One of the common questions I get is “Do I need Probate when someone dies?” There is also the question “What is Probate?”
When someone dies, there is a flood of emotions. In addition, there is concern regarding what needs to happen, worry about things to do, and confusion.
In my upcoming eBook “What to Do When Someone Dies,” I breakdown the logistical things to do in the immediate, then weeks, and months after a person’s passing. The first thing to do is very little. The funeral is enough to work through both emotionally and time-wise.
When it is time to begin the evaluation, the decedent’s property is reviewed. We look at
- What was owned,
- How was it owned, and
- What is the value less secured purchase money and mortgages.
In Indiana, if the total property value is greater than $50,000, Probate becomes a possibility. We apply some expenses called Administrative Expenses to the value, which may put the estate value below the $50,000 threshold. However, if value remains greater than $50,000, the Probate Court should be involved. (Read more about specifics of Probate)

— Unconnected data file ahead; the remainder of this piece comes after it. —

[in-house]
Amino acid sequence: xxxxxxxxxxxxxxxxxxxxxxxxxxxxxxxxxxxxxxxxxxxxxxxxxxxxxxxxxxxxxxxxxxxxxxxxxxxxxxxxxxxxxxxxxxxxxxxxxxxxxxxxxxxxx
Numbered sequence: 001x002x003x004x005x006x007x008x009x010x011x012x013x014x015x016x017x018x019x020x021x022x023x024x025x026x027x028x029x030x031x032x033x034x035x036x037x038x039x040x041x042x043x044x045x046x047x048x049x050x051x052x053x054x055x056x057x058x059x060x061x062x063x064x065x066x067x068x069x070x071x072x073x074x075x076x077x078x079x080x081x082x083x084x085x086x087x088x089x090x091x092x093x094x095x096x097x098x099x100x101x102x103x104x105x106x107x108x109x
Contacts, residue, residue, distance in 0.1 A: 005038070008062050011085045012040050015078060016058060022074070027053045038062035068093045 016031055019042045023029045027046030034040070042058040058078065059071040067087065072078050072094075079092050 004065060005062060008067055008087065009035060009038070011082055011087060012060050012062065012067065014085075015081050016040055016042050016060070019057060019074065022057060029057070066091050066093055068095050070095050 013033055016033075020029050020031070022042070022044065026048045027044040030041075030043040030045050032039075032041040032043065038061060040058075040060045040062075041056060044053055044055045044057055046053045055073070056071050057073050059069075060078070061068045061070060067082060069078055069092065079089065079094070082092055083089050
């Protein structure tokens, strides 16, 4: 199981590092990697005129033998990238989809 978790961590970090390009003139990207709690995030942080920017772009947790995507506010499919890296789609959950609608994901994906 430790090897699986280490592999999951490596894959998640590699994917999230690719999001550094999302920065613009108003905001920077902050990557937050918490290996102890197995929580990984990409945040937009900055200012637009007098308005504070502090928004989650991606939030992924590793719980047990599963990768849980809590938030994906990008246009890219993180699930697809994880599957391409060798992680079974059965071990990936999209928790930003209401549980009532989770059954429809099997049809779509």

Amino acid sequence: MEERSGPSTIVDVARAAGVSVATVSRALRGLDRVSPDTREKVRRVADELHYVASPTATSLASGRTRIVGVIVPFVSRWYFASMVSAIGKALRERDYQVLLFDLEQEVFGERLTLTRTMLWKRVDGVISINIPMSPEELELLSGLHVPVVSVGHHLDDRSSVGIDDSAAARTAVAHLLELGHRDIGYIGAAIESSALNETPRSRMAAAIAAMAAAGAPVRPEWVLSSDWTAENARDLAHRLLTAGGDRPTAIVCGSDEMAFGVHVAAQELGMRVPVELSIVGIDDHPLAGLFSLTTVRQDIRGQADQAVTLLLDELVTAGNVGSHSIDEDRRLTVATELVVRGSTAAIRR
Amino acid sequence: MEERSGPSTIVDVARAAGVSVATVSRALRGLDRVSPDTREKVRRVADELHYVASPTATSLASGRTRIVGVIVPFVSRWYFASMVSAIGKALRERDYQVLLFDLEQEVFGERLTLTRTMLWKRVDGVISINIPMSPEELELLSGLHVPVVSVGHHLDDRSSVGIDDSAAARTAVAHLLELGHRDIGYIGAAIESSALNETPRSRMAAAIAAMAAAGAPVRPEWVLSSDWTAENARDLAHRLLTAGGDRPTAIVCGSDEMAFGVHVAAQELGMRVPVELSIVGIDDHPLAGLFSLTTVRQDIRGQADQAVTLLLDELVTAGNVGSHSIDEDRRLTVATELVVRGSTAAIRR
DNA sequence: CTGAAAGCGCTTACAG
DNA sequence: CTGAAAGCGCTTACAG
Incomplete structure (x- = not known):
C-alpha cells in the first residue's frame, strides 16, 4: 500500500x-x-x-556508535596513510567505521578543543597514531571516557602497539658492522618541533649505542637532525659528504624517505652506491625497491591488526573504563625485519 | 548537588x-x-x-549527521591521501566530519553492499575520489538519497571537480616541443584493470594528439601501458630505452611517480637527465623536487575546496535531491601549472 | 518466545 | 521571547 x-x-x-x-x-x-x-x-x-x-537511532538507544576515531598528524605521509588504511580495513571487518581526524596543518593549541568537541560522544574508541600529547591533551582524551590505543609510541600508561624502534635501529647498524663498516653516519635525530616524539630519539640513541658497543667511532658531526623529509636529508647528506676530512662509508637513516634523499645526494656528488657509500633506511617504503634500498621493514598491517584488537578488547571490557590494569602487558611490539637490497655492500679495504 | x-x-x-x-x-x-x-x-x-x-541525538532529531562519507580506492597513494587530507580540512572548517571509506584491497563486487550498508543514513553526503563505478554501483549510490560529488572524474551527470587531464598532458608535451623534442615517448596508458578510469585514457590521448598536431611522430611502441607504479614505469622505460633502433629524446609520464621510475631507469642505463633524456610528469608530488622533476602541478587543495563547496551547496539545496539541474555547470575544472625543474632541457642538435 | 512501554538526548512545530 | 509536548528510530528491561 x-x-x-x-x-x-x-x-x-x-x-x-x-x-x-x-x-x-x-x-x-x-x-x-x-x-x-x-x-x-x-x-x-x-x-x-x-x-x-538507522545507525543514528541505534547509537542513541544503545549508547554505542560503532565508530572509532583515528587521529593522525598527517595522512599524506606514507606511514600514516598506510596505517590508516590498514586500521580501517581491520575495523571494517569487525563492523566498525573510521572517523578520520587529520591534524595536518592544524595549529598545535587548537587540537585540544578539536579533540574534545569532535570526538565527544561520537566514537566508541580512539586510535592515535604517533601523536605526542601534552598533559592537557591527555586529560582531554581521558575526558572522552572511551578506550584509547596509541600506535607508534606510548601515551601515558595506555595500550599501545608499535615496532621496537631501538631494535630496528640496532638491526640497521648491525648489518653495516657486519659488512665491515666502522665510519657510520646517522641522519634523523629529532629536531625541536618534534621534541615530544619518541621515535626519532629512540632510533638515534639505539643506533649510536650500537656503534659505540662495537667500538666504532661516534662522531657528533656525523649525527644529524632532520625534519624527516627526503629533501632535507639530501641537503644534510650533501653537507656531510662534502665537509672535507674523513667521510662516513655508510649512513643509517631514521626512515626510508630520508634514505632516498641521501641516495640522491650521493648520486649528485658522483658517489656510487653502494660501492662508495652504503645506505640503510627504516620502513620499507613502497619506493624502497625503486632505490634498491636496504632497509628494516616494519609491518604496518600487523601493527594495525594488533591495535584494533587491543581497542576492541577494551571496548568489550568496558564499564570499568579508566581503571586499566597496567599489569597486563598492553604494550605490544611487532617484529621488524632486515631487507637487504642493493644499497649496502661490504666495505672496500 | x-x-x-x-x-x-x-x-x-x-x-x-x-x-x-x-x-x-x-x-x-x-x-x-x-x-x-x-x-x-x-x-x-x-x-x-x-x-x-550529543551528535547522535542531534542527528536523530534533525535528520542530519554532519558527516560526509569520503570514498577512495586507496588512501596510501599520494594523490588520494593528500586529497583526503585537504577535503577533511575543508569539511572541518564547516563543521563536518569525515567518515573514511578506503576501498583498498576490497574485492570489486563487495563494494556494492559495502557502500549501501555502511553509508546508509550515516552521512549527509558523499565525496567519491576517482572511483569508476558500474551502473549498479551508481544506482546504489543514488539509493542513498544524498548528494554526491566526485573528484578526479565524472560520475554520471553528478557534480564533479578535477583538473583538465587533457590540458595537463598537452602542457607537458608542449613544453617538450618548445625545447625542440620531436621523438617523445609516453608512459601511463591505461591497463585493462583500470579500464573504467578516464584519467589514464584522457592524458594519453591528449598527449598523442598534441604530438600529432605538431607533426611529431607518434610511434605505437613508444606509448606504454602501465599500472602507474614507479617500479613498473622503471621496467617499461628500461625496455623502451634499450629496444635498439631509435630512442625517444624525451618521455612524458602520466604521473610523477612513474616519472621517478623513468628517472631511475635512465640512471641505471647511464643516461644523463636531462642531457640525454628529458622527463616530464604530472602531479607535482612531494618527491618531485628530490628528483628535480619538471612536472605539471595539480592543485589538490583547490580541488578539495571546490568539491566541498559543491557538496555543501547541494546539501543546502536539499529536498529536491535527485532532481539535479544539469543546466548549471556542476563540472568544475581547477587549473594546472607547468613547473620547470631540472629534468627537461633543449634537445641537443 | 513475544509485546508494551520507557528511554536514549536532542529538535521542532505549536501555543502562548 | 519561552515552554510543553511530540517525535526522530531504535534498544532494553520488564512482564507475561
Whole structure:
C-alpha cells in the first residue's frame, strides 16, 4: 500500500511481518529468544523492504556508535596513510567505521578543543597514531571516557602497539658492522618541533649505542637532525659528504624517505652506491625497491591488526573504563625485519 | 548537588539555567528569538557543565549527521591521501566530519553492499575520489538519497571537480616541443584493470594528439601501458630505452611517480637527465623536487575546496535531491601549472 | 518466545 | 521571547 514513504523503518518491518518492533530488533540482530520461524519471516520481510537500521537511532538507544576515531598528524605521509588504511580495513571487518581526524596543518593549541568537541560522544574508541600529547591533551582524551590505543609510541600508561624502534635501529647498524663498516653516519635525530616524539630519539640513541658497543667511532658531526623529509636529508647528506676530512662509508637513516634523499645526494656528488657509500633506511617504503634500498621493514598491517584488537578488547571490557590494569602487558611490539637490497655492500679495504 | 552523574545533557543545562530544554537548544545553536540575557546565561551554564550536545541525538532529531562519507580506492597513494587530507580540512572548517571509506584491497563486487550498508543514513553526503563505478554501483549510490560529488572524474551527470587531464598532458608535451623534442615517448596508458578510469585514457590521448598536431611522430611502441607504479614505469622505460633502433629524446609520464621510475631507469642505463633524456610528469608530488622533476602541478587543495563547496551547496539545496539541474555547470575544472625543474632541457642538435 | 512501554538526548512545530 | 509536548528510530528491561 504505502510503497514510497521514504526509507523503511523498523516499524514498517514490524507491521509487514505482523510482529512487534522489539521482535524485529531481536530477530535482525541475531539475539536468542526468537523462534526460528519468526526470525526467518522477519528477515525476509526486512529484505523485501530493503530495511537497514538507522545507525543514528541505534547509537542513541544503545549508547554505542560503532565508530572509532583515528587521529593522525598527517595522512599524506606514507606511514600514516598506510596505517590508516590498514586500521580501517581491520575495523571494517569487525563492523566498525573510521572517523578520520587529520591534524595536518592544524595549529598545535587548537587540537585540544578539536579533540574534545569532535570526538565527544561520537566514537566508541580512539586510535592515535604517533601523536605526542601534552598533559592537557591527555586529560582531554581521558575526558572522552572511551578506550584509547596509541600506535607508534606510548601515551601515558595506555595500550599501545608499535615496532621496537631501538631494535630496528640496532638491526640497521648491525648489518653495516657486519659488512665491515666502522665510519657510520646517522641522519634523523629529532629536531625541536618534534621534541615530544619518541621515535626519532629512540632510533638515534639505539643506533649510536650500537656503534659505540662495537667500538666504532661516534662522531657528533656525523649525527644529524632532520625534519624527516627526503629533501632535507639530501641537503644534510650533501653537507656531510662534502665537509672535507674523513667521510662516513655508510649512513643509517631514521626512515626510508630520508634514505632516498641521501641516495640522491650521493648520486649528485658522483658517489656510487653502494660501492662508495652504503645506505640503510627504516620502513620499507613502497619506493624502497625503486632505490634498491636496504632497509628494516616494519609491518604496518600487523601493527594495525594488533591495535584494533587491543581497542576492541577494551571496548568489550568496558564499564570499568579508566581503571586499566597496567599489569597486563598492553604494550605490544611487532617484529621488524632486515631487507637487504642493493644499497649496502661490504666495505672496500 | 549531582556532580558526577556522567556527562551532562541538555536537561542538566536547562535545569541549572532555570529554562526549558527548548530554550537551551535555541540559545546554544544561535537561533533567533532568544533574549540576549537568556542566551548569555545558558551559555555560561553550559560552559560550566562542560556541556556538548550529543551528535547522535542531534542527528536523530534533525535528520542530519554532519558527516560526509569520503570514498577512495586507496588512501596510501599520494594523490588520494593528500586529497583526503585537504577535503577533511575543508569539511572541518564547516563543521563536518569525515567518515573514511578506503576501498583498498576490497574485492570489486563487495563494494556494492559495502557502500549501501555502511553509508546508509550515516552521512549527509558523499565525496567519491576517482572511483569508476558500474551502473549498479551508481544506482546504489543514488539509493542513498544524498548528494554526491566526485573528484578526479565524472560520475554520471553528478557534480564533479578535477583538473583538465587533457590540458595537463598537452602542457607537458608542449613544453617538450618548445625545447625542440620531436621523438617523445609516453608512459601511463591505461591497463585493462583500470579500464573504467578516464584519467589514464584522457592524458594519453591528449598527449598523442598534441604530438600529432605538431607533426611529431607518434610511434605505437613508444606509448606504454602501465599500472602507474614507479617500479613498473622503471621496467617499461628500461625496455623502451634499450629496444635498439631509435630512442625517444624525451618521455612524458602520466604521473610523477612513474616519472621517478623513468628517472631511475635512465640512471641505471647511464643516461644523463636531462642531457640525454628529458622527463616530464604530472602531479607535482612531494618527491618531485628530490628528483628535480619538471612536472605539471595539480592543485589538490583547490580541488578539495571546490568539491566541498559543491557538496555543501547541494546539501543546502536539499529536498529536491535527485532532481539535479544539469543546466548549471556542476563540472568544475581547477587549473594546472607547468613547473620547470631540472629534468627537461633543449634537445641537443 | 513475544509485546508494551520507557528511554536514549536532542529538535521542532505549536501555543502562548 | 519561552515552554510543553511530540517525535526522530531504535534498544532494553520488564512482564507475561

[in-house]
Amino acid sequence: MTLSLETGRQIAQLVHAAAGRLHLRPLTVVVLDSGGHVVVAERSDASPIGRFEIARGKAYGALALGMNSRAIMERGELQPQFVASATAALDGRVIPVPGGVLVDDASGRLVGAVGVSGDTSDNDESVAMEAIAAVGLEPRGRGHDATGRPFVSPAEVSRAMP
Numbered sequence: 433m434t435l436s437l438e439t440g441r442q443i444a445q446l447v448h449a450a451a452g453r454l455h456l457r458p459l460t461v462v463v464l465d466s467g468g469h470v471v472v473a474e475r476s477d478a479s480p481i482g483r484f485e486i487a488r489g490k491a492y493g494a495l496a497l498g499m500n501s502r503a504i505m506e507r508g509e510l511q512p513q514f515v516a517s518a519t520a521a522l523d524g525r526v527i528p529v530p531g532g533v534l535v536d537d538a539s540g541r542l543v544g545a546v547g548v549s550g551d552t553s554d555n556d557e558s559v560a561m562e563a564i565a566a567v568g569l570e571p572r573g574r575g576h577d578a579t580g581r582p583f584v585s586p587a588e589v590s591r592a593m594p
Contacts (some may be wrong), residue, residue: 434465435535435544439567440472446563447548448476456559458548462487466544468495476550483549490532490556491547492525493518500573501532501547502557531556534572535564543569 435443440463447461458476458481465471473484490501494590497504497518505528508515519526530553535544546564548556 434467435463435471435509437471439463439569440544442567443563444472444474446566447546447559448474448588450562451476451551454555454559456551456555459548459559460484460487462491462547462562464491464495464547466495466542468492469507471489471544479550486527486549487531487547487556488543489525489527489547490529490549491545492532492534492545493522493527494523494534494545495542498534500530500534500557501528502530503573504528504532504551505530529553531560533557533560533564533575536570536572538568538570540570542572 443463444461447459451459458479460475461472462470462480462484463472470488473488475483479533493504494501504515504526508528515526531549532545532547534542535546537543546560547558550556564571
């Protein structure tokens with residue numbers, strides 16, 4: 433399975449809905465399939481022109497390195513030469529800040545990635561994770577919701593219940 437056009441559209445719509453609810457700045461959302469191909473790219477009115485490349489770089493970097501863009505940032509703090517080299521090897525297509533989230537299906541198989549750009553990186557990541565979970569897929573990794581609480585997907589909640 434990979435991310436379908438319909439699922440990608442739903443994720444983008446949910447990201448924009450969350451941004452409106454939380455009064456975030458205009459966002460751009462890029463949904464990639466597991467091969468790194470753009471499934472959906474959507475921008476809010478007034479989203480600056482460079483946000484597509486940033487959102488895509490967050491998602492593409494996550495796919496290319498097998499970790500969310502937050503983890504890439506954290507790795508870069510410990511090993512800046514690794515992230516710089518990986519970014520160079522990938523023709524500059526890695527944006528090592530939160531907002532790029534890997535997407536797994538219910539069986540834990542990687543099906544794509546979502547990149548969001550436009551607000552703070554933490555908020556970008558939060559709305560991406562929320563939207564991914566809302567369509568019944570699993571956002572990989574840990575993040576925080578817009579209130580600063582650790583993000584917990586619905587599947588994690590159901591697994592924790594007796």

So, the estate value answers the question “Do I need Probate?”.
What is Probate?
So, we understand what triggers a need for Probate. But, what is the process.
Probate involves a process of:
- Gathering assets and property owned by the decedent,
- Inventorying the property and values as of the date of death,
- Reporting inventory information to the Court and distributees,
- Determining creditors and the type of claim they have,
- Providing proper notice,
- Prioritizing the distribution of expenses, claims, and distributions,
- Preparing, gaining approval, and submitting final accounting to appropriate parties, and
- Closing the estate.
Seems pretty straightforward. The process allows the State to protect the interests of the various parties with claims or interest in the estate. The process, defined in Indiana Code, sets the priority. Secured interest such as mortgages and loans for the purchase of property get paid first as those items as the estate sells them. Expenses and fees defined as “Administration” or “Administrative” have the first position for payment from estate property.
About the author
Founder/Attorney, CCSK Law
I create customized solutions for families to address their planning needs.
I provide plans clients understand. Also, they make sure they know when to use them, and do so affordably. I love the opportunity to break through the legal jargon to clarify issues. We find success when we work through a person’s situation and put the law to work for them.